Enduring the months of mud without money
| Two pieces of lumber
inform tourists that an old out building at the Durango
Railroad Depot is no longer in use. The train returns
to Silverton on May 8./Photo by Todd Newcomer.
Spring in Silverton, sometimes referred to as “off
season,” sometimes cursed as “mud season,”
isn’t really spring at all. It’s more like...winter...held
over for further engagement. You see, early on, you might
get some pretty warm weather, and it gets that spring
fever stirring. The snow begins to melt, parents (especially
newcomers) put away the kids’ snowsuits, and all
those items hidden under the mounds of snow resurface
reminding you they should have been put away last fall.
The streets begin to get a bit muddy, and then you get
rivers, and even walking down the middle of the street
the mud is well over the toes of your shoes, and people
get out their seasonal wooden planks to make bridges between
their cars and their front doors, and then the muck refreezes
and becomes rutted and you can barely traverse the town
streets by vehicle or foot.
Then you have the melting dog...uh...droppings that are
a seasonal joke. It’s not something most communities
would even consider, but Silverton is a dog town, and
all that “stuff” freezes and holds over, for
months, ’til spring thaw. And THEN there’s
the perpetual beating winds of March and April. And by
April, everyone is broke because it’s been a long
winter and the tourist season hasn’t yet started,
and the partner you chose last fall to keep you warm those
long winter nights is beginning to get a little tiring...
And then, it snows all over again.
So how do people survive this perpetual winter? The slogging,
the dreary days, the dashed hope of uncovering your meager
garden to find not even a single green sprig pushing its
way forth? The snow storms at the end of April?
|Matt Erickson, 16, plays a game
catch during a warm Sunday afternoon in Silverton./Photo
“Beers, books and tropical beaches,” says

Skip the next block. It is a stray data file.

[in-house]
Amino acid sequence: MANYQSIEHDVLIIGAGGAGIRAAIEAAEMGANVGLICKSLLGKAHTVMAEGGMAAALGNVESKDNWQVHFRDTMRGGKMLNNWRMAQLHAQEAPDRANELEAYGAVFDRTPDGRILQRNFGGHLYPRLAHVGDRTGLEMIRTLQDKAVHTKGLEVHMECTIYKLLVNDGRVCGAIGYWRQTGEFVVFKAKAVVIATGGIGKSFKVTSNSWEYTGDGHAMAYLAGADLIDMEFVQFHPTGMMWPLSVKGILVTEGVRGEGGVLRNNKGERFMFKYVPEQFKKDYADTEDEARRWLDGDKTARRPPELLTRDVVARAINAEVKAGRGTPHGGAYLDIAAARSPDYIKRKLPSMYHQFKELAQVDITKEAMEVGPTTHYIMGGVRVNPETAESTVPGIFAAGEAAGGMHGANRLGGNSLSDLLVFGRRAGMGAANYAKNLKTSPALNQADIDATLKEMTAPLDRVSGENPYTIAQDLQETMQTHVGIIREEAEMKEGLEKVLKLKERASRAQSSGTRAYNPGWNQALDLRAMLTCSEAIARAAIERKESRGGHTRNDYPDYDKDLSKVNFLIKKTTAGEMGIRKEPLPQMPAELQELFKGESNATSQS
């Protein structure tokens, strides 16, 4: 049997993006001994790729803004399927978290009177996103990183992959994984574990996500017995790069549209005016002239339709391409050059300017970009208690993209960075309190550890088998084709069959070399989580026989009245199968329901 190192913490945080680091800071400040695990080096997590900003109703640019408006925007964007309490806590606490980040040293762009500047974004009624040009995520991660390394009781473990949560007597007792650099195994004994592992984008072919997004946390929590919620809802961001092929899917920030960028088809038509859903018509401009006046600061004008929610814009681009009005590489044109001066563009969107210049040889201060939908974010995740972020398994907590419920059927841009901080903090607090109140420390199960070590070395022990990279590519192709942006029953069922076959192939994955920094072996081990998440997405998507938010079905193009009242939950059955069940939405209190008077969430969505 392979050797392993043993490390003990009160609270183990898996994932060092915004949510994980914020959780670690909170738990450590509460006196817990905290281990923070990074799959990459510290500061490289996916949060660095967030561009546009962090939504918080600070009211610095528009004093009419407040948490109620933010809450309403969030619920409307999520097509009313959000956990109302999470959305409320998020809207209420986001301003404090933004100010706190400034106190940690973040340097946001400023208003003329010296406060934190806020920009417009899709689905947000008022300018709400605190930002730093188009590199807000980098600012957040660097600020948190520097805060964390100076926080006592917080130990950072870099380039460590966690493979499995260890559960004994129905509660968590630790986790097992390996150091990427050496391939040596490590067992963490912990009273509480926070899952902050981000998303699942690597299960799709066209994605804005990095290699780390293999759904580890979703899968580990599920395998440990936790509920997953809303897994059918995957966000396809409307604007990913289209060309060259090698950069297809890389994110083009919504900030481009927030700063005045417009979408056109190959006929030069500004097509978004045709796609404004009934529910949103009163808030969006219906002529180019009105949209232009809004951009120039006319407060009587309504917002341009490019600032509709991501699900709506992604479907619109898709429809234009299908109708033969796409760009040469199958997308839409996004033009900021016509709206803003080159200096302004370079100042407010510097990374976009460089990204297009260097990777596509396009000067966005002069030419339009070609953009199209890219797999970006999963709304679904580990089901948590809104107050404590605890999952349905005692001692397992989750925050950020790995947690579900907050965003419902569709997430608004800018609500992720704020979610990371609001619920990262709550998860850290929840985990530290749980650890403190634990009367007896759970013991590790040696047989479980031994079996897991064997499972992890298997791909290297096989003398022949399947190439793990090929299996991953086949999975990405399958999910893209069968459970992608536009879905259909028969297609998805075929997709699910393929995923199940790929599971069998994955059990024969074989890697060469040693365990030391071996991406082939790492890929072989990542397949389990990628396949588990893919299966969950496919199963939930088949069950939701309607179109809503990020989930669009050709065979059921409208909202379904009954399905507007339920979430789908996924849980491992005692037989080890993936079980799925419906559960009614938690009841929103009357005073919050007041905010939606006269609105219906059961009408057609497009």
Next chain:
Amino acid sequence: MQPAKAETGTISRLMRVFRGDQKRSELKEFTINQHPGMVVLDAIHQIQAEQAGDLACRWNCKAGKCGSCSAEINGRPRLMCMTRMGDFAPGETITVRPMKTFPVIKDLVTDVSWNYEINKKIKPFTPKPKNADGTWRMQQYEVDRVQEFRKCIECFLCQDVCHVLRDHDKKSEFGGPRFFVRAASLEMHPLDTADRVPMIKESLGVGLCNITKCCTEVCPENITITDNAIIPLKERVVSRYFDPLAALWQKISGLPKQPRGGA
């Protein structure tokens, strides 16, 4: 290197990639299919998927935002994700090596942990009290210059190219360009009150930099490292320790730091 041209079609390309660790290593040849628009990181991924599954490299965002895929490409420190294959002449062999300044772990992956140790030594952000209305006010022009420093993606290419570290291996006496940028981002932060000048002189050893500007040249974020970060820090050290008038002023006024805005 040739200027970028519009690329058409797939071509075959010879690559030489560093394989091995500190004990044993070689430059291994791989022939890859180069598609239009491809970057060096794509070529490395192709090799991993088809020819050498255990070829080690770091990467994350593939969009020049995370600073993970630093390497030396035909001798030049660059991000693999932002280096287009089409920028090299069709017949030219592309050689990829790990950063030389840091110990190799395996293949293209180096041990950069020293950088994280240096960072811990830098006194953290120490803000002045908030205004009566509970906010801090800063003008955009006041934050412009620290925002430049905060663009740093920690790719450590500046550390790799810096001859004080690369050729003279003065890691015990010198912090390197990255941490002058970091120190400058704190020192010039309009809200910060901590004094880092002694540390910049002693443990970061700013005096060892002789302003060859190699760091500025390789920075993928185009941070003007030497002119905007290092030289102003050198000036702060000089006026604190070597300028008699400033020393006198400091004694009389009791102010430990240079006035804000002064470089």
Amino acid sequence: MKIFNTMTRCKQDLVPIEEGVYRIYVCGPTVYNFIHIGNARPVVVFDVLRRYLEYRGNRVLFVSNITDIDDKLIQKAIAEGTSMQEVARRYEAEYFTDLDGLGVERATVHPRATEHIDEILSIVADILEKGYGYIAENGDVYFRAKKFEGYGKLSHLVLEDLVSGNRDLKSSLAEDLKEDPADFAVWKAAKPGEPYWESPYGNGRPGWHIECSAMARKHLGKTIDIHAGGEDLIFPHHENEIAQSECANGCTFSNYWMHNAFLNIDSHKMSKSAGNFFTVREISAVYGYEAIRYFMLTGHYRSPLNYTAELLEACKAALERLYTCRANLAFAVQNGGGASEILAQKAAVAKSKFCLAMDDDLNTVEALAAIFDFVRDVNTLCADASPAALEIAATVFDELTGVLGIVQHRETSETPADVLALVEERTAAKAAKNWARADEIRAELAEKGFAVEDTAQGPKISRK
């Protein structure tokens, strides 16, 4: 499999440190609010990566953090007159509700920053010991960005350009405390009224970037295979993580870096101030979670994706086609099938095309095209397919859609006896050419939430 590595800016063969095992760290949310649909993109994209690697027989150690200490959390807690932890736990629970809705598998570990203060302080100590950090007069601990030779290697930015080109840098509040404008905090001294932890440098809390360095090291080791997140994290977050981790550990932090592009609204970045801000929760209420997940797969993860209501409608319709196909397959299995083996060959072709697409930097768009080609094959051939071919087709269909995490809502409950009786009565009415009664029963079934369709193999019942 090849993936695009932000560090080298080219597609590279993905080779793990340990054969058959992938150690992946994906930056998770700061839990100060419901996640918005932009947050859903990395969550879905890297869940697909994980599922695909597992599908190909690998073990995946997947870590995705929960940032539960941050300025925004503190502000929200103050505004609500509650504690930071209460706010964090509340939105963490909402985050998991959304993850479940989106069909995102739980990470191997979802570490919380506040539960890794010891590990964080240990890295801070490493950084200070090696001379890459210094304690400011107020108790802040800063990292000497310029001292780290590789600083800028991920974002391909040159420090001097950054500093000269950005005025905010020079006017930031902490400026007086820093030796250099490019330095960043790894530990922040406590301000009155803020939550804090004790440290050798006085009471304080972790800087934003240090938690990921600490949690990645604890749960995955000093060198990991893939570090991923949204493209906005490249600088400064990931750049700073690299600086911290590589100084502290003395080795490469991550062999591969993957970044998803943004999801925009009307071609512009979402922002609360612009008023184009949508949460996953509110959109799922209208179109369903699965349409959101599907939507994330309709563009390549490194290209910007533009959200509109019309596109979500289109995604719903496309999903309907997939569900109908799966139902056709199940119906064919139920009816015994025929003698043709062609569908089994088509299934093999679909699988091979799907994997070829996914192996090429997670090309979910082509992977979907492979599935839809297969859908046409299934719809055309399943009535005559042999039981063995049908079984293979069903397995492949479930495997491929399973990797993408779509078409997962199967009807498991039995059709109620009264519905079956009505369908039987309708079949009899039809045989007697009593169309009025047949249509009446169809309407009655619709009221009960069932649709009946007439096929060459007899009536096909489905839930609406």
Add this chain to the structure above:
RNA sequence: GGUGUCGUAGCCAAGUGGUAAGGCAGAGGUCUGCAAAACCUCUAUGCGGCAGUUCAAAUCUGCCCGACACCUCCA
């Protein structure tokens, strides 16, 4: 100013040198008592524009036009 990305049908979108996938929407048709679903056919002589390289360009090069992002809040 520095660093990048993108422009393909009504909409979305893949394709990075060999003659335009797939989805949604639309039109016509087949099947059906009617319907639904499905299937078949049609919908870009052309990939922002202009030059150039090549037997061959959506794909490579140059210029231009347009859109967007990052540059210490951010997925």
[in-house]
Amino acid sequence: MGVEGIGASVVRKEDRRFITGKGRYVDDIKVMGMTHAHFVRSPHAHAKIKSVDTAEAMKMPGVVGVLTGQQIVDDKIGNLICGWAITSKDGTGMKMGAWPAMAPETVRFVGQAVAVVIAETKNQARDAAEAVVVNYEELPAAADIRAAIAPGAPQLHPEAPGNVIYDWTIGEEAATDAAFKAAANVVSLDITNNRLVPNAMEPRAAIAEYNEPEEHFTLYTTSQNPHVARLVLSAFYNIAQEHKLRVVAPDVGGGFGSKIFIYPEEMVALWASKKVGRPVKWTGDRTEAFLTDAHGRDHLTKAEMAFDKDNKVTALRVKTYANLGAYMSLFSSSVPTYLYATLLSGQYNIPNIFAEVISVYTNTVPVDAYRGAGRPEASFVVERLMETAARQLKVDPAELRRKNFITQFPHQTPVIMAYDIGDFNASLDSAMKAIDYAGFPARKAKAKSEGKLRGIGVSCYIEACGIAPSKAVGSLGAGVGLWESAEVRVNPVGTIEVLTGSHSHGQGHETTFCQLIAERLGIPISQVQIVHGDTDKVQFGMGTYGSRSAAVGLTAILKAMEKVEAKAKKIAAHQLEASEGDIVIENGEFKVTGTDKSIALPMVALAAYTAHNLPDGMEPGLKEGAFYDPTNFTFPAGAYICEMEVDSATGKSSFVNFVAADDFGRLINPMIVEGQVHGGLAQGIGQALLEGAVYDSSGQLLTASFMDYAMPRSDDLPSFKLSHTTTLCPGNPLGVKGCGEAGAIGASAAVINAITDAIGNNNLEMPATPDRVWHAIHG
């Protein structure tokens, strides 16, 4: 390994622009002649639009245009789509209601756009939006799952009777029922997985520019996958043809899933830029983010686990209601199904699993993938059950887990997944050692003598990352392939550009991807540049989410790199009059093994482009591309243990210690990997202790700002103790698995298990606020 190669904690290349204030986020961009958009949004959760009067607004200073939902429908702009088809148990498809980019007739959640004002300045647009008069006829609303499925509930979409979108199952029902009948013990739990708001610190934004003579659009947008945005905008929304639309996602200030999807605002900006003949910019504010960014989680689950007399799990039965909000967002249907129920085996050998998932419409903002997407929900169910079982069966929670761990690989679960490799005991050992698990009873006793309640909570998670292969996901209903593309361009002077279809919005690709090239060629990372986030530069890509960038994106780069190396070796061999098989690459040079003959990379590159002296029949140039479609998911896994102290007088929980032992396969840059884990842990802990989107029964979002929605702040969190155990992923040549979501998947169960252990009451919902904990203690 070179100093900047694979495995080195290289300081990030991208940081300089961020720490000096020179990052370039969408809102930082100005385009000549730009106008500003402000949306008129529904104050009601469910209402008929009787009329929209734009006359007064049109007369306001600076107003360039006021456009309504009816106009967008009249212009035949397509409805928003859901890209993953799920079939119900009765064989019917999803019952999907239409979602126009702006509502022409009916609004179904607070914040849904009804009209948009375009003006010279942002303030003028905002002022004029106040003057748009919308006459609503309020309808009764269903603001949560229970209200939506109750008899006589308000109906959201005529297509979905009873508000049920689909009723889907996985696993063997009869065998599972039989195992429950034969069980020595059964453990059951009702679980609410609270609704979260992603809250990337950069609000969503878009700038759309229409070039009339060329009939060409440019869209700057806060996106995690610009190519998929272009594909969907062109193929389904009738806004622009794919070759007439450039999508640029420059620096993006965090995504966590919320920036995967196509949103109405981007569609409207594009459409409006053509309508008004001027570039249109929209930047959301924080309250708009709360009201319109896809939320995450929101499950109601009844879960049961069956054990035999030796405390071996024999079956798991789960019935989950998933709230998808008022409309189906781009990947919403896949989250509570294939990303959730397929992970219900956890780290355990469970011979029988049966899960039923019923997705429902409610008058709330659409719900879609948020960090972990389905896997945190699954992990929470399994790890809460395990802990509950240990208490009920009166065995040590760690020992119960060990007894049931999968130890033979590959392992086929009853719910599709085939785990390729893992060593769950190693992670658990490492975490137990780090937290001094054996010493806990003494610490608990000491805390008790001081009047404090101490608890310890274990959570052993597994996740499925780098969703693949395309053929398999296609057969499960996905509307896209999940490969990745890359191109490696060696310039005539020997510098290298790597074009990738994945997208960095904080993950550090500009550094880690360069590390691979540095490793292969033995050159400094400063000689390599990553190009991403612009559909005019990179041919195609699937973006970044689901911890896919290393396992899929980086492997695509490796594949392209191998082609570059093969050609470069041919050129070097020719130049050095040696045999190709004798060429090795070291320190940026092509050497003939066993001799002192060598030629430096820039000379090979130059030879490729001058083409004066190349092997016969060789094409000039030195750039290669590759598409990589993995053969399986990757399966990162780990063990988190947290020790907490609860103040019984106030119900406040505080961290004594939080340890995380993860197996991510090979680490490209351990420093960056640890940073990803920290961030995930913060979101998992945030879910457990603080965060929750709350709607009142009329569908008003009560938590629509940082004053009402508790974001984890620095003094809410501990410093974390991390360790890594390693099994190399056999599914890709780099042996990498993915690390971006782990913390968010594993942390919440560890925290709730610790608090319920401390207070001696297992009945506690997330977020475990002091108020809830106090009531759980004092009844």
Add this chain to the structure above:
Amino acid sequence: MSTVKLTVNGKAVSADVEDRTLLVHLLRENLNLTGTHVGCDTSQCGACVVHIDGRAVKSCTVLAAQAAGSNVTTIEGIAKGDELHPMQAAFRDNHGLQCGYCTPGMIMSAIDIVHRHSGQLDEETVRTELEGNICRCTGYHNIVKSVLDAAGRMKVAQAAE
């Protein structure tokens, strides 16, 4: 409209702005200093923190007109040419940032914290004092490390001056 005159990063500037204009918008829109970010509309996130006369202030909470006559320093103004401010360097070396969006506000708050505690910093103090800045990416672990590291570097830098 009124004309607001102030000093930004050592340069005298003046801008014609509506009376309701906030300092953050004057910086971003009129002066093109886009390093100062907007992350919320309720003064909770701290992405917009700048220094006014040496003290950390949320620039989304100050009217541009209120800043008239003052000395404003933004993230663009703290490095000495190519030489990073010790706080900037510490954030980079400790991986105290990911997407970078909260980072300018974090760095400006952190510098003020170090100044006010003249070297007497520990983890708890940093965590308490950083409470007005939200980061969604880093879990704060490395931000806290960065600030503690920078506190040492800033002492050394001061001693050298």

Scott Fetchenhier, proprietor of Fetch’s Mining
and Mercantile. “The fun begins for me in the off-season,
because the store is closed and I can go on vacation.”
Fetch is also the author of Ghosts and Gold: The History
of the Old Hundred Mine, and being a history buff, he
uses the off-season for research. His next book is on
the Caledonia, another local mine.
“You can’t really get bored up here, maybe
a bit lonely sometimes, but never bored,” he says.
“There’s still some good skiing, and some
places you can hike. I have fun spending time with my
kids. There’s always plenty to do.”
It’s not all great, though. By April, the melting
snow has water pouring in his back alley door, the pot-holes
are swallowing his little car whole, and his bank account
is ready for that tourist dollar. Now there’s a
“I’m broke,” says Lisa Richardson who
grew up in Bayfield and moved to Silverton 12 years ago.
She works for the BLM during the summer and makes stained
glass in the winter.
“It kinda sucks when you go out in the ‘realworld’
and see what the people out there have compared to what
little you have,” she shrugs. “But then, at
the same time, that’s what bugs me about the real
world anyway, so...”
I’m sitting by the wood stove in the “glass
shack” of Grenadier Glassworks, the business Lisa
started two years ago, drinking a cup of tea while she
creates a window of wildflowers and mountains. When I
ask her how she survives mud-season/off-season, she laughs.
“It doesn’t really cross my mind,”
she says. “It’s just another season, part
of living here.”
Lisa loves Silverton. Her mother loved the mountains,
her grandmother loved the mountains. A little mud? Not
worth worrying about. Actually, she likes the off-season,